Super Bowl Sunday is almost upon us and you know what that means? The Puppy Bowl is here! If you love dogs as much as we do, you’d probably rather see soft, cuddly puppies snuggle and prance on a miniature football field than watch gigantic, enraged men tackle each other for over 4 hours. The halftime show isn’t even that outstanding, unless Beyonce is a part of it (but that’s a whole different story). If you think you’re an outcast for choosing the Puppy Bowl over the Super Bowl, not to worry. Over 13 million people tune into the Puppy Bowl every year.
Believe it or not, the Puppy Bowl started as joke. “We always made the joke, ‘Let’s just put a box of puppies on the air and call it a day,'” former Animal Planet executive producer Margo Kent tells Yahoo TV. “It was a joke for years, and then we had a new general manager, Maureen Smith, who came in, and David Doyle, the head of production and development, and they were told, ‘You’ve got to do something to counterprogram the Super Bowl.’”
Here’s what the first Puppy Bowl looked like:
The Puppy Bowl, which airs February 4th, looks much different now. The starting line up consists of 78 puppies from 34 different rescues and 3 puppies with special needs. They also throw in a not-to-be-missed halftime show. In 2015 they featured 21 kittens starring in the Bissell Kitty Halftime Show, five Nigerian dwarf goat cheerleaders, Meep the Bird tweeting game details, and a scoreboard operated by a hamster.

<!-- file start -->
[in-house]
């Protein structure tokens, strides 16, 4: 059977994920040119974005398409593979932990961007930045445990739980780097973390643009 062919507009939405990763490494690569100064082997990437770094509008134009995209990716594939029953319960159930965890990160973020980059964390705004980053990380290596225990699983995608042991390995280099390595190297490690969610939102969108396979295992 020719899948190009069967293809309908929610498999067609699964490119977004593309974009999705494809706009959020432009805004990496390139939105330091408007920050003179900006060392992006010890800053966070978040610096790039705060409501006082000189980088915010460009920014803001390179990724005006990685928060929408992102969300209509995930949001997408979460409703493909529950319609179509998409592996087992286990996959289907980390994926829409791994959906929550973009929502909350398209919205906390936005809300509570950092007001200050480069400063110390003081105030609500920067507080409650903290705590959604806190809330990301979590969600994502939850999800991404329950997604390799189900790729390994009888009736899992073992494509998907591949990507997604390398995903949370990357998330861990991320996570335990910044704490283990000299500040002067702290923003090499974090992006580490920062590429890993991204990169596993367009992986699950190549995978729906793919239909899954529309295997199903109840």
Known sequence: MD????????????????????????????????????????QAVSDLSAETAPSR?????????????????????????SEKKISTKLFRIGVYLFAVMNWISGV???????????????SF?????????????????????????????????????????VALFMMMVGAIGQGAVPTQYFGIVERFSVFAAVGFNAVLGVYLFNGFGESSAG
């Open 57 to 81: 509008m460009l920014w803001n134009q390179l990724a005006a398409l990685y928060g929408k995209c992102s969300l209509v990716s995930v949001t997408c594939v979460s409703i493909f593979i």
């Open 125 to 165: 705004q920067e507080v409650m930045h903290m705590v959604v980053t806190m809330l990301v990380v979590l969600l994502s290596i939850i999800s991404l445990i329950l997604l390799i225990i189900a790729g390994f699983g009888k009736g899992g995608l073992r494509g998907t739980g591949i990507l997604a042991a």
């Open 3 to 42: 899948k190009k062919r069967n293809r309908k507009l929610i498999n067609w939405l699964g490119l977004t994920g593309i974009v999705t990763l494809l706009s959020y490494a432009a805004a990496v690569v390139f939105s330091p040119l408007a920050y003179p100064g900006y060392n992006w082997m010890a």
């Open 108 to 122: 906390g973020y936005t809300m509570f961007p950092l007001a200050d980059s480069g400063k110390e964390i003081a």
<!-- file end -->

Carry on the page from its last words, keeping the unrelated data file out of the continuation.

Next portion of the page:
The first Puppy Bowl, which aired on February 6th, 2005, narrated by NFL Films voice and Philadelphia Phillies broadcaster Harry Kalas, was filmed in a 10 by 19 foot box in Silver Spring, Maryland. It featured two teams of puppies, the Ruffs and the Fluffs, all from local rescue shelters and with help from the American Human Association. The show brought in 5.58 million viewers. The rest is history.
While the Puppy Bowl isn’t exactly as popular as the Super Bowl —more than 108 million people watched Super Bowl XLVII last year — it is a great success in counter programming, which is no small triumph.
What’s the secret to success for the Puppy Bowl? Putting the animals first every show, every year.
“We had this pyramid; where most programming puts the humans at the top of the pyramid, for Animal Planet, animals were at the top of the pyramid, and we looked at it like it was a human’s job to make sure that animals were always front and center. With the domestic pets, adoption, spay, and neutering were big, big messages for us. It was always understood that if we did this, we were going to be using shelter pups and getting that message out.”
Each year most of the shelter dogs that play in the Puppy Bowl are adopted by the time the show airs. So if you’re looking to adopt a puppy, do it now before it’s too late and remember, the Puppy Bowl is no joke, it’s genius.